UK Teens Cleared of Columbine-Inspired Murder Plot
The jury took only 45 minutes to clear Ross McKnight, 16, and Matthew Swift, 18, of plotting an attack at their high school just east of the northwestern English city of Manchester on the 10th anniversary of the U.S. killings.
The 12-member panel, made up of seven women and five men, accepted the teens' testimony that they never intended to harm anyone. Jurors took the unusual step of waiting outside a Manchester court to wave and smile at a defense attorney after the verdicts.
"This was just a fantasy," McKnight told reporters after his acquittal. "This was never a reality."
Prosecutor Peter Wright said the teens planned to emulate the school attack carried out by Eric Harris and Dylan Klebold, who killed 12 students, a teacher and themselves in a shooting rampage at Columbine High School in Littleton, Colorado, on April 20, 1999.
But British police never found any explosives or weapons in the case - despite the swaggering promises.
"We will walk into school and at the end of it no one will walk out alive," McKnight wrote in his diary, according to prosecutors. It would, he wrote, be the "greatest massacre ever."
Notes found in a safe in Swift's bedroom promised: "Eric Harris, Dylan Klebold will rise again."
Police were alerted after McKnight drunkenly called a girl and confessed to the purported plot. The teens were arrested in March, and detectives said they found cell phone camera footage of what they said was the pair making explosives, as well as a cache of extremist literature, a bomb-making manual and a map of the school.
The attack at the Audenshaw School was purportedly timed for the 10th anniversary of the U.S. massacre. But it was among other suggested targets, including a shopping center, an Ikea store, and a stadium.
Defense attorney Roderick Carus ridiculed the idea that Swift and McKnight had been serious about any of these plans, noting that the teens had also been excited by the idea of moving to Alaska and living off the land after watching the movie "Into the Wild."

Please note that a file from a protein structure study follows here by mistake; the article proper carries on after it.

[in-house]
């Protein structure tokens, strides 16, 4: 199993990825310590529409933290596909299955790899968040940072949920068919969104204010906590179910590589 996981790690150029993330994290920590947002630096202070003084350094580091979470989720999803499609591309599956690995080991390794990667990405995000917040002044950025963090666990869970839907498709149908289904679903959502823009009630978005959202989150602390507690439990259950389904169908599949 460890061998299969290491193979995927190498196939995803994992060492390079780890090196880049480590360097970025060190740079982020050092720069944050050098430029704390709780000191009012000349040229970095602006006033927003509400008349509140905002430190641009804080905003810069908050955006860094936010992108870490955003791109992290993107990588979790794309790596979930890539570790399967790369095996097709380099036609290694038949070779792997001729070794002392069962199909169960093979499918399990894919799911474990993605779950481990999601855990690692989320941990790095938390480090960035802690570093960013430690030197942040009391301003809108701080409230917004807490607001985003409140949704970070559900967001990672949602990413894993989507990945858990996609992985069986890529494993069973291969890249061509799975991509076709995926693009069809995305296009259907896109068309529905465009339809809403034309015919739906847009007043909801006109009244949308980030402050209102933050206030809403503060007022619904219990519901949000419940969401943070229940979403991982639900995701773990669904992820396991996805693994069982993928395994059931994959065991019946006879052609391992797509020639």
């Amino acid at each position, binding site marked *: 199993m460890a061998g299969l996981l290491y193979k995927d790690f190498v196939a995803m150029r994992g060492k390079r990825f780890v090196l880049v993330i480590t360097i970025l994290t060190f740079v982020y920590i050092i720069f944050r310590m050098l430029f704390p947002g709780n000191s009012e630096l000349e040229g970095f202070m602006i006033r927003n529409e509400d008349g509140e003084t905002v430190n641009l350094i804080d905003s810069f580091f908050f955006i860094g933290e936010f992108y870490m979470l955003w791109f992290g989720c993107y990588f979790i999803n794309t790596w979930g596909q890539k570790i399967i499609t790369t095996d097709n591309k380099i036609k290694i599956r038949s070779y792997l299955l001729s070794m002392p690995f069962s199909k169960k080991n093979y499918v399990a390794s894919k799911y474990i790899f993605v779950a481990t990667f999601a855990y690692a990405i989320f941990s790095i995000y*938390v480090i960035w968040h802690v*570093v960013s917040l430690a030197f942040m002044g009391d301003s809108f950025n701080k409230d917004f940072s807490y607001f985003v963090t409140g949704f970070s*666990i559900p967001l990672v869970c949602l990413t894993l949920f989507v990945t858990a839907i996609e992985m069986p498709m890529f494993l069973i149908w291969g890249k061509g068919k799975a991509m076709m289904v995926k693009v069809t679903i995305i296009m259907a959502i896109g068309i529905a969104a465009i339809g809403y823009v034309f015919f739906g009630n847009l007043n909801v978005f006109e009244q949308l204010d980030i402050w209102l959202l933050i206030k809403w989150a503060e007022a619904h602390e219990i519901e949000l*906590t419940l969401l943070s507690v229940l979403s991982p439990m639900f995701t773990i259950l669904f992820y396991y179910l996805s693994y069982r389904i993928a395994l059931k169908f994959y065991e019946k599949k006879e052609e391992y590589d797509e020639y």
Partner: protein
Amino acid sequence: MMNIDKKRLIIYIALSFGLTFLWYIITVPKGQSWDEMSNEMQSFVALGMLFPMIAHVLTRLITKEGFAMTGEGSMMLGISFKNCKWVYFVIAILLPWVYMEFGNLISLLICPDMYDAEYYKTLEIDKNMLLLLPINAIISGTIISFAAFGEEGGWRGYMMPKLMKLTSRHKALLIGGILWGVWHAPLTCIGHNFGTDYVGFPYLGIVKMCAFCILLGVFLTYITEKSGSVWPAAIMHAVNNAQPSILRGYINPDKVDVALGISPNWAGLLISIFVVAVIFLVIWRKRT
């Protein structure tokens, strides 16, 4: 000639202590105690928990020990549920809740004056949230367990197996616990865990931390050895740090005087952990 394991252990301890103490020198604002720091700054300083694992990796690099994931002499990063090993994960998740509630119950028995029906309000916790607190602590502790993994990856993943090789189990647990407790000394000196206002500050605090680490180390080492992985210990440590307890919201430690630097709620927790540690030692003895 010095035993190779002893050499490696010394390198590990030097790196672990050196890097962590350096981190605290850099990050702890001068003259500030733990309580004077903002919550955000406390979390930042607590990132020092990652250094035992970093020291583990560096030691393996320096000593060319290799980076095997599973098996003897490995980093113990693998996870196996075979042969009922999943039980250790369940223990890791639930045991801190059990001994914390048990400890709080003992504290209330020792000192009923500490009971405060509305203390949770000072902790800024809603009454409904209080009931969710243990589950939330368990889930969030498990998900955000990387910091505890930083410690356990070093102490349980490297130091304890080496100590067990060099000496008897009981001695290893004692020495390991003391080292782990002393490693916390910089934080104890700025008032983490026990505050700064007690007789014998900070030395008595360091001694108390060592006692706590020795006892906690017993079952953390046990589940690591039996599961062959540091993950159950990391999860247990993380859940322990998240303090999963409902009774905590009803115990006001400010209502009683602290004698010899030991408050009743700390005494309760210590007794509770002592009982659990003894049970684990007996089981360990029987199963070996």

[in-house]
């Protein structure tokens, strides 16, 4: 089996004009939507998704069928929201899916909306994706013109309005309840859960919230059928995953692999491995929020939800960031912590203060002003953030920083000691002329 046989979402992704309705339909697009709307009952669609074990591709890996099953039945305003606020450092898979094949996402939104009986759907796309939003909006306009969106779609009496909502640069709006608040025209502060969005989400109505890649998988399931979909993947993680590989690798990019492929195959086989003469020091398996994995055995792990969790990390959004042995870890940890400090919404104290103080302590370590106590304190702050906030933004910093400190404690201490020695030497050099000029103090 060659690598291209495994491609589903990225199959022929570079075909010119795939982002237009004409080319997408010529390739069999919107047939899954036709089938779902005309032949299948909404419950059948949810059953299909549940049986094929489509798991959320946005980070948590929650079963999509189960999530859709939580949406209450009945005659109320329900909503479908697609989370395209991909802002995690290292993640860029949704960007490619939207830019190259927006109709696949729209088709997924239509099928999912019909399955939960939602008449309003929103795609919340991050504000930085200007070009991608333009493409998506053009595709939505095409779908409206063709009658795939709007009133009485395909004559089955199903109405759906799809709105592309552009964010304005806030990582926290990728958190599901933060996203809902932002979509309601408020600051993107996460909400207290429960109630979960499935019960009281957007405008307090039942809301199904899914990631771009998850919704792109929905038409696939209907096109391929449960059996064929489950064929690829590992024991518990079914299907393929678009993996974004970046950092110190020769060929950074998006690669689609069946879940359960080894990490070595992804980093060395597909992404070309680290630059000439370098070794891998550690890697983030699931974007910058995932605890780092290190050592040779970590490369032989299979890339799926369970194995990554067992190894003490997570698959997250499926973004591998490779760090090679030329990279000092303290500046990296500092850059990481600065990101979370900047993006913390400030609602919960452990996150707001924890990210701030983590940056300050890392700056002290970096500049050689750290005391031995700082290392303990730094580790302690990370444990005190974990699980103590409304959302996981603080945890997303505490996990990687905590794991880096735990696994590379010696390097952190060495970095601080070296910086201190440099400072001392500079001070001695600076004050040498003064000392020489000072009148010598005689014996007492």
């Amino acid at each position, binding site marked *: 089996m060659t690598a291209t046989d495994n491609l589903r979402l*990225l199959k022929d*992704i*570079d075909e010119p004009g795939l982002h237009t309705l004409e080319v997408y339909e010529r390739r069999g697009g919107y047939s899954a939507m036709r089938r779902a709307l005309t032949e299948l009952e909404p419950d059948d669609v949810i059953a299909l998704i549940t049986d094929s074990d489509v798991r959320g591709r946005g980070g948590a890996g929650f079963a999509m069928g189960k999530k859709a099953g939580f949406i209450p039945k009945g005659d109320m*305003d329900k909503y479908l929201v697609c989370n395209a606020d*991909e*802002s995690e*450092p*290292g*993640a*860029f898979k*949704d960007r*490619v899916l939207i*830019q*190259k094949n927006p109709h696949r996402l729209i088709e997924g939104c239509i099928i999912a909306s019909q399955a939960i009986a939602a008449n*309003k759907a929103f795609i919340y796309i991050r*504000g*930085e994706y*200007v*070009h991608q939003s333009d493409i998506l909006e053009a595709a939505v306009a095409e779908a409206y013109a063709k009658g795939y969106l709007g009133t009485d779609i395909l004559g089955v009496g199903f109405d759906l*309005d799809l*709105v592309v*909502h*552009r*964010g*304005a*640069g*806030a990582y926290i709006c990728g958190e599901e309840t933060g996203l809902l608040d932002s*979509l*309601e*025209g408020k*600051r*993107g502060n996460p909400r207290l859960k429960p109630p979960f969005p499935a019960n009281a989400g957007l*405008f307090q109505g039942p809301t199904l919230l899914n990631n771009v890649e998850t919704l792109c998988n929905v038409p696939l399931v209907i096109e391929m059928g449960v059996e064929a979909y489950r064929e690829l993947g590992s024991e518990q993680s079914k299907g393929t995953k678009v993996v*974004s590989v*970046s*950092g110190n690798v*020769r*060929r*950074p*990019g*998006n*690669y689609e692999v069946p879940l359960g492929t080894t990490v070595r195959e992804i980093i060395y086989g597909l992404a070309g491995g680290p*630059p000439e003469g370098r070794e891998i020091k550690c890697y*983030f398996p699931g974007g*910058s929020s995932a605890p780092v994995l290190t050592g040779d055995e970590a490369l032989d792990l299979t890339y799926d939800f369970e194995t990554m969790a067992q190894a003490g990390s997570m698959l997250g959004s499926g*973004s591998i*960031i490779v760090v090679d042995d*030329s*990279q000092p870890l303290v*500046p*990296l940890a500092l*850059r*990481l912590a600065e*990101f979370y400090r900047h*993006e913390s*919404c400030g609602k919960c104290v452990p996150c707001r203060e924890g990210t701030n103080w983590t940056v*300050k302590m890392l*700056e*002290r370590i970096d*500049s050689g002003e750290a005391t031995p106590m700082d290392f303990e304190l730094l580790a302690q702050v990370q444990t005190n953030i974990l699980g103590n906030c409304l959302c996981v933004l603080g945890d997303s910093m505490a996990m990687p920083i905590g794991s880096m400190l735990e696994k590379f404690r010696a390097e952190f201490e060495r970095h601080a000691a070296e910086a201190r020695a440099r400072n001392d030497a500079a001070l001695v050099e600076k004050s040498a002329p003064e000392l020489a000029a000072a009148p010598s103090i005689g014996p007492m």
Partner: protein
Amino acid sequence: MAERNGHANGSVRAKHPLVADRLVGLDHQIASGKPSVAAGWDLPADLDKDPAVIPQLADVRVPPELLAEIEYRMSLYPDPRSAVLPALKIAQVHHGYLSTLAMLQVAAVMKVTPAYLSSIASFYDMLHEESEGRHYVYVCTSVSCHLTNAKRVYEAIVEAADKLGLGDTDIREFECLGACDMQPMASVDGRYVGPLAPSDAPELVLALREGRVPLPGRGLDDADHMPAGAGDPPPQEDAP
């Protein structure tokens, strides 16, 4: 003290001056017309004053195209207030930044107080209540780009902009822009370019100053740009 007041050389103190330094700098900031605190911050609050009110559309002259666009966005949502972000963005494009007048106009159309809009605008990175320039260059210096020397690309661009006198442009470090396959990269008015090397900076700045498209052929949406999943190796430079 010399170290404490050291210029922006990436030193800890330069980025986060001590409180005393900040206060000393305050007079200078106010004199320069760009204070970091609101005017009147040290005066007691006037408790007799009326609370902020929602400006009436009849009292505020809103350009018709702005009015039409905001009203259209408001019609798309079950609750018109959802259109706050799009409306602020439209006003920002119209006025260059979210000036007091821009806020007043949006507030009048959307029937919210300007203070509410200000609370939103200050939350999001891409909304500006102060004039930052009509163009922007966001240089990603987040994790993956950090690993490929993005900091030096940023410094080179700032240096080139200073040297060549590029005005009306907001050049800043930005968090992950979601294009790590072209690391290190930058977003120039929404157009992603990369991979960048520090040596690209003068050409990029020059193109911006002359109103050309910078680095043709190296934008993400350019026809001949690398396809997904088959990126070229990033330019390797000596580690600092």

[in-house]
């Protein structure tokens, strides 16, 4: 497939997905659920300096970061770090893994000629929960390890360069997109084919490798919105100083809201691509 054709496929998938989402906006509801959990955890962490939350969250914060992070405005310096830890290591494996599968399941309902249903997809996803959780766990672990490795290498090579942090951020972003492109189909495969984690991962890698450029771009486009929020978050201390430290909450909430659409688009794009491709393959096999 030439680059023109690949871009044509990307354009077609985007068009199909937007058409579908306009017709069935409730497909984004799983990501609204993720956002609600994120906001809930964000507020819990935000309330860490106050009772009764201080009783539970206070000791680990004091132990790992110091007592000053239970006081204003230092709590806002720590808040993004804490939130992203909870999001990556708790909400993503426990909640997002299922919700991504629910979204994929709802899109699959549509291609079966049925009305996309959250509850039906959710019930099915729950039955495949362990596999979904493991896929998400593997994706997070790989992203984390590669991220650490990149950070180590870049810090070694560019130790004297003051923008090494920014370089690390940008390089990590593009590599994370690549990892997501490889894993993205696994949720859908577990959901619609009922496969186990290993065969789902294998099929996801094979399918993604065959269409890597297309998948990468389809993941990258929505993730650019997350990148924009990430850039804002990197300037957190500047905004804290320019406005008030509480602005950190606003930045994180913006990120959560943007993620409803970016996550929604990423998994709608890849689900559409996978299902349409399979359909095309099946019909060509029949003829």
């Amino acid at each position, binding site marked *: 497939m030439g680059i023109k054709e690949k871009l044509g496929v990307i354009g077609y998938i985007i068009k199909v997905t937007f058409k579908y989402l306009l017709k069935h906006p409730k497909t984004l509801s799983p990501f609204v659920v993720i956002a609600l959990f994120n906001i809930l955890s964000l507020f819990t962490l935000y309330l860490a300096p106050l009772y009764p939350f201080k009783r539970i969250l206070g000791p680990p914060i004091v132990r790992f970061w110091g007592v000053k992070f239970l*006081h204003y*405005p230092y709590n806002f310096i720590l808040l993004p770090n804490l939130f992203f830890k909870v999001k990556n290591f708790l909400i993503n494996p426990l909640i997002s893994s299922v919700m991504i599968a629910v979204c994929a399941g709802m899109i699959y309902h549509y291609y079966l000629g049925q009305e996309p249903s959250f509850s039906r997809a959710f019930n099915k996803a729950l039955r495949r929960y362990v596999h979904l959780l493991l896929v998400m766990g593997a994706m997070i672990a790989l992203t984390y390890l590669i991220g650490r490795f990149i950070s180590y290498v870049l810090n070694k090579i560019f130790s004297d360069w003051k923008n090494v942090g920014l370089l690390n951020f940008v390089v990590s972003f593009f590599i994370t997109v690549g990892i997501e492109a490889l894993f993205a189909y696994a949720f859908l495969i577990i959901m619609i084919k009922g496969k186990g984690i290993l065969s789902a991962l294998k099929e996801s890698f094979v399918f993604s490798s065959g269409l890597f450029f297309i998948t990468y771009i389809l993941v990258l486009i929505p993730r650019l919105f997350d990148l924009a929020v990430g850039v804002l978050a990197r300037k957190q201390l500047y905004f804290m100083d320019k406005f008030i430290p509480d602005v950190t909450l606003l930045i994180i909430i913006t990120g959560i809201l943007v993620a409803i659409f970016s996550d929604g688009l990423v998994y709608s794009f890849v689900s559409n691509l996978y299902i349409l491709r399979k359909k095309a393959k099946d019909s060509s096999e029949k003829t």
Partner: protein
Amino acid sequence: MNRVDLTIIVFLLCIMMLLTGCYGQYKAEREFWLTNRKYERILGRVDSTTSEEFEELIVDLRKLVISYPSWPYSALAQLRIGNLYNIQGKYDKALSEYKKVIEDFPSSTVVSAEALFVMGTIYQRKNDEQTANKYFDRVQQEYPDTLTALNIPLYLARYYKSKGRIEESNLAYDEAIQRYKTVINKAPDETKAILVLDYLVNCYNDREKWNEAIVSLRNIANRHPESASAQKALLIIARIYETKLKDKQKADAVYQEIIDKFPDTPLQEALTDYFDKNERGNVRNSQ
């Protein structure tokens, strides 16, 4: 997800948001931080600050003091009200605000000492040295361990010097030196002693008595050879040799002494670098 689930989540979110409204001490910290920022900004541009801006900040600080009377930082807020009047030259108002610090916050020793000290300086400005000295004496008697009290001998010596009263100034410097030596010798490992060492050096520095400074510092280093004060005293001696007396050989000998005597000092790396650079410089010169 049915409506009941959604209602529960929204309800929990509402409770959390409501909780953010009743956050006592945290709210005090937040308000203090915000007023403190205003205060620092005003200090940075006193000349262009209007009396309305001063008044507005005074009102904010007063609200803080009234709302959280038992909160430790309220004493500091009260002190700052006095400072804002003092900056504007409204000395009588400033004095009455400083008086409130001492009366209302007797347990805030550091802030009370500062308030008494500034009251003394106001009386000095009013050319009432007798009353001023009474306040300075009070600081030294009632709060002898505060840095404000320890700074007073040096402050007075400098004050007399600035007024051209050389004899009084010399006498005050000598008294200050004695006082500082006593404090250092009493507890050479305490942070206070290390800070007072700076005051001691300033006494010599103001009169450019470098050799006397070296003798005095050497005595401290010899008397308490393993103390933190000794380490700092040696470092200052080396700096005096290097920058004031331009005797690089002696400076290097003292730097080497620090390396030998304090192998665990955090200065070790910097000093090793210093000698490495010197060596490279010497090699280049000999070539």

When questioned by Carus about his bomb-making plans, Swift said he'd received dismal grades in chemistry.
McKnight, whose father Ray is a police officer, testified that his interest in the school rampage was piqued when he saw Michael Moore's documentary "Bowling for Columbine" with other students.
He dismissed his journal entries as "intriguing nonsense" and said he was probably angry at the time. His father testified that his son was full of hare-brained schemes.
Swift said his writings and plans, drawn up in 2007, were "naive and pathetic ways to channel my teenage angst."
"I was 16 with a vivid imagination," he testified.
The acquittal is an embarrassment for prosecutors and police, some of whom traveled to the U.S. before the trial to confer with detectives who investigated the Columbine killings. Prosecutors defended their decision to bring the case to trial, although they said they respected the jury's decision.
Ray McKnight said he never doubted his son's innocence.
"We are all just incredibly relieved," he said.
Ross said he had taken his high school exams behind bars and said he hoped the trial had not damaged his chances of joining the military.
"I would now like to put this behind me," he said.